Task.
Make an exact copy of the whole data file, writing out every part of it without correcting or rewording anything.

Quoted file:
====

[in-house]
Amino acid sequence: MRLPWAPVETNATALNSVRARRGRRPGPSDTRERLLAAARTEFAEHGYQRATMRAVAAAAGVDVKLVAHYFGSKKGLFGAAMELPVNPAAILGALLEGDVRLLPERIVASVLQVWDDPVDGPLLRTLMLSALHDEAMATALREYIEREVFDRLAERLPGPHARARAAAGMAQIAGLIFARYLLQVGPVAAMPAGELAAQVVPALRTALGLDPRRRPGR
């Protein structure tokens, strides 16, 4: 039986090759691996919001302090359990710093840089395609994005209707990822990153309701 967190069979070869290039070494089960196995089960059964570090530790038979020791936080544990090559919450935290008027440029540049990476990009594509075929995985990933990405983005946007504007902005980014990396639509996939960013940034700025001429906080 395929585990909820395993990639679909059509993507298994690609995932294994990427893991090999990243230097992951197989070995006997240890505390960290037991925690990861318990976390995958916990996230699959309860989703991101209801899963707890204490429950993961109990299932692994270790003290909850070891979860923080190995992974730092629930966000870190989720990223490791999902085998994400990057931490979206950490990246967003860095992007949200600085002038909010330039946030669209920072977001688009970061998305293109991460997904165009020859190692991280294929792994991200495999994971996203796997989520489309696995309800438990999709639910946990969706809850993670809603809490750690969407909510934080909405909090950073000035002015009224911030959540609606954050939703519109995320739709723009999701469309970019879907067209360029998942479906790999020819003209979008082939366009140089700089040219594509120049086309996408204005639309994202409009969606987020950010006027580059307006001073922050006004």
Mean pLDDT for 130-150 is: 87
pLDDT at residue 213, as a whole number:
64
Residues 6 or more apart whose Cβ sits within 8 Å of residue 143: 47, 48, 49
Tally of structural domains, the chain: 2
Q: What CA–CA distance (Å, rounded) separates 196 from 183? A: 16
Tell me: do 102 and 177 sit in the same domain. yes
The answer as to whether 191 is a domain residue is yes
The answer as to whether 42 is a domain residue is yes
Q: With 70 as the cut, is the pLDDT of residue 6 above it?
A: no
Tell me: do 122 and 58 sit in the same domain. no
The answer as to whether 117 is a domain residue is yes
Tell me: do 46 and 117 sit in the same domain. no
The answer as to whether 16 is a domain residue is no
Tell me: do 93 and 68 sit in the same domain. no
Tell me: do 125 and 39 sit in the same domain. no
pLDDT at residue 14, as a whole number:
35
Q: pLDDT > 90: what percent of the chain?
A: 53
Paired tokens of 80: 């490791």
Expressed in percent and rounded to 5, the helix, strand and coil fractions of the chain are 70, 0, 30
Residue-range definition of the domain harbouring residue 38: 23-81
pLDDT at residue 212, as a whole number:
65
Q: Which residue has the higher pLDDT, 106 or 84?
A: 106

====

[in-house]
Amino acid sequence: MRLPWAPVETNATALNSVRARRGRRPGPSDTRERLLAAARTEFAEHGYQRATMRAVAAAAGVDVKLVAHYFGSKKGLFGAAMELPVNPAAILGALLEGDVRLLPERIVASVLQVWDDPVDGPLLRTLMLSALHDEAMATALREYIEREVFDRLAERLPGPHARARAAAGMAQIAGLIFARYLLQVGPVAAMPAGELAAQVVPALRTALGLDPRRRPGR
């Protein structure tokens, strides 16, 4: 039986090759691996919001302090359990710093840089395609994005209707990822990153309701 967190069979070869290039070494089960196995089960059964570090530790038979020791936080544990090559919450935290008027440029540049990476990009594509075929995985990933990405983005946007504007902005980014990396639509996939960013940034700025001429906080 395929585990909820395993990639679909059509993507298994690609995932294994990427893991090999990243230097992951197989070995006997240890505390960290037991925690990861318990976390995958916990996230699959309860989703991101209801899963707890204490429950993961109990299932692994270790003290909850070891979860923080190995992974730092629930966000870190989720990223490791999902085998994400990057931490979206950490990246967003860095992007949200600085002038909010330039946030669209920072977001688009970061998305293109991460997904165009020859190692991280294929792994991200495999994971996203796997989520489309696995309800438990999709639910946990969706809850993670809603809490750690969407909510934080909405909090950073000035002015009224911030959540609606954050939703519109995320739709723009999701469309970019879907067209360029998942479906790999020819003209979008082939366009140089700089040219594509120049086309996408204005639309994202409009969606987020950010006027580059307006001073922050006004």
Mean pLDDT for 130-150 is: 87
pLDDT at residue 213, as a whole number:
64
Residues 6 or more apart whose Cβ sits within 8 Å of residue 143: 47, 48, 49
Tally of structural domains, the chain: 2
Q: What CA–CA distance (Å, rounded) separates 196 from 183? A: 16
Tell me: do 102 and 177 sit in the same domain. yes
The answer as to whether 191 is a domain residue is yes
The answer as to whether 42 is a domain residue is yes
Q: With 70 as the cut, is the pLDDT of residue 6 above it?
A: no
Tell me: do 122 and 58 sit in the same domain. no
The answer as to whether 117 is a domain residue is yes
Tell me: do 46 and 117 sit in the same domain. no
The answer as to whether 16 is a domain residue is no
Tell me: do 93 and 68 sit in the same domain. no
Tell me: do 125 and 39 sit in the same domain. no
pLDDT at residue 14, as a whole number:
35
Q: pLDDT > 90: what percent of the chain?
A: 53
Paired tokens of 80: 């490791």
Expressed in percent and rounded to 5, the helix, strand and coil fractions of the chain are 70, 0, 30
Residue-range definition of the domain harbouring residue 38: 23-81
pLDDT at residue 212, as a whole number:
65
Q: Which residue has the higher pLDDT, 106 or 84?
A: 106